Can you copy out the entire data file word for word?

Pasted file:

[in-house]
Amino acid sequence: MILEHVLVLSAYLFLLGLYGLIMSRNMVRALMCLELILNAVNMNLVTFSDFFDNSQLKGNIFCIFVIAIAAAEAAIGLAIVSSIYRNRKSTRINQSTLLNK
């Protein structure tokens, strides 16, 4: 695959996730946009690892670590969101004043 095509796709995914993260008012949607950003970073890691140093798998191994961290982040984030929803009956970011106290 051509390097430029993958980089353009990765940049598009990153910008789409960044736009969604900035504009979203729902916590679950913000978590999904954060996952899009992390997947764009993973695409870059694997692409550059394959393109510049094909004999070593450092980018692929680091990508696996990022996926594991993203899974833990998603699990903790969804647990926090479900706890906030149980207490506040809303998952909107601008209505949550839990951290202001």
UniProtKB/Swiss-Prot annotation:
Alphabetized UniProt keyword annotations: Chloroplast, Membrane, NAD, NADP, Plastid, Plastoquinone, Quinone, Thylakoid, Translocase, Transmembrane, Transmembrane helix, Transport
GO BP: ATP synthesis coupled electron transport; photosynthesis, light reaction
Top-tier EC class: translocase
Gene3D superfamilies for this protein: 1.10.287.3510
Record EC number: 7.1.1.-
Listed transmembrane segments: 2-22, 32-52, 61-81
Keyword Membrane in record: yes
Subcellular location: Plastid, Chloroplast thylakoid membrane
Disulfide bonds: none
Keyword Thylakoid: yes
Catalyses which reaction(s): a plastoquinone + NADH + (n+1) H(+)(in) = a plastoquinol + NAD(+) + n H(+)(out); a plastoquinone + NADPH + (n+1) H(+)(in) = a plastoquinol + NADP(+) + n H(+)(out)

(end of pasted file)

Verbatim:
[in-house]
Amino acid sequence: MILEHVLVLSAYLFLLGLYGLIMSRNMVRALMCLELILNAVNMNLVTFSDFFDNSQLKGNIFCIFVIAIAAAEAAIGLAIVSSIYRNRKSTRINQSTLLNK
């Protein structure tokens, strides 16, 4: 695959996730946009690892670590969101004043 095509796709995914993260008012949607950003970073890691140093798998191994961290982040984030929803009956970011106290 051509390097430029993958980089353009990765940049598009990153910008789409960044736009969604900035504009979203729902916590679950913000978590999904954060996952899009992390997947764009993973695409870059694997692409550059394959393109510049094909004999070593450092980018692929680091990508696996990022996926594991993203899974833990998603699990903790969804647990926090479900706890906030149980207490506040809303998952909107601008209505949550839990951290202001």
UniProtKB/Swiss-Prot annotation:
Alphabetized UniProt keyword annotations: Chloroplast, Membrane, NAD, NADP, Plastid, Plastoquinone, Quinone, Thylakoid, Translocase, Transmembrane, Transmembrane helix, Transport
GO BP: ATP synthesis coupled electron transport; photosynthesis, light reaction
Top-tier EC class: translocase
Gene3D superfamilies for this protein: 1.10.287.3510
Record EC number: 7.1.1.-
Listed transmembrane segments: 2-22, 32-52, 61-81
Keyword Membrane in record: yes
Subcellular location: Plastid, Chloroplast thylakoid membrane
Disulfide bonds: none
Keyword Thylakoid: yes
Catalyses which reaction(s): a plastoquinone + NADH + (n+1) H(+)(in) = a plastoquinol + NAD(+) + n H(+)(out); a plastoquinone + NADPH + (n+1) H(+)(in) = a plastoquinol + NADP(+) + n H(+)(out)